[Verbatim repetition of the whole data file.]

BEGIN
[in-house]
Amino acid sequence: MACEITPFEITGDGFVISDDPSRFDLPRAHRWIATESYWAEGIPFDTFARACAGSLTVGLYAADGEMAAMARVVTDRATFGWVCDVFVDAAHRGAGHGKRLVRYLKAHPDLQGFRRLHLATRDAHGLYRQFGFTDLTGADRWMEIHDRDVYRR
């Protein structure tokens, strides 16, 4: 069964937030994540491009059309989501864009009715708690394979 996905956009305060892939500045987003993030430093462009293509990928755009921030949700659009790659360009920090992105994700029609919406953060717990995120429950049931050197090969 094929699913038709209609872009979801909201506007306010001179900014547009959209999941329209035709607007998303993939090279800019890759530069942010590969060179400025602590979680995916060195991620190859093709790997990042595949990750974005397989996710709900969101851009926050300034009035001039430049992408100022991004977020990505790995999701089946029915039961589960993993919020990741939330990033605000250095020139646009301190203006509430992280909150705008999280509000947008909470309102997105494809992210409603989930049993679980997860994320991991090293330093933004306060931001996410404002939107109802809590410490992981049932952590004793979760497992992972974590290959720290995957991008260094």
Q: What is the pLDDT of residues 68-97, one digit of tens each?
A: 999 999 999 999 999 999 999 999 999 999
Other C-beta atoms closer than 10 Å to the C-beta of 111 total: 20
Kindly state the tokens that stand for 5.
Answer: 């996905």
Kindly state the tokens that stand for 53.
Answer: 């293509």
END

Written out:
[in-house]
Amino acid sequence: MACEITPFEITGDGFVISDDPSRFDLPRAHRWIATESYWAEGIPFDTFARACAGSLTVGLYAADGEMAAMARVVTDRATFGWVCDVFVDAAHRGAGHGKRLVRYLKAHPDLQGFRRLHLATRDAHGLYRQFGFTDLTGADRWMEIHDRDVYRR
């Protein structure tokens, strides 16, 4: 069964937030994540491009059309989501864009009715708690394979 996905956009305060892939500045987003993030430093462009293509990928755009921030949700659009790659360009920090992105994700029609919406953060717990995120429950049931050197090969 094929699913038709209609872009979801909201506007306010001179900014547009959209999941329209035709607007998303993939090279800019890759530069942010590969060179400025602590979680995916060195991620190859093709790997990042595949990750974005397989996710709900969101851009926050300034009035001039430049992408100022991004977020990505790995999701089946029915039961589960993993919020990741939330990033605000250095020139646009301190203006509430992280909150705008999280509000947008909470309102997105494809992210409603989930049993679980997860994320991991090293330093933004306060931001996410404002939107109802809590410490992981049932952590004793979760497992992972974590290959720290995957991008260094």
Q: What is the pLDDT of residues 68-97, one digit of tens each?
A: 999 999 999 999 999 999 999 999 999 999
Other C-beta atoms closer than 10 Å to the C-beta of 111 total: 20
Kindly state the tokens that stand for 5.
Answer: 């996905």
Kindly state the tokens that stand for 53.
Answer: 């293509």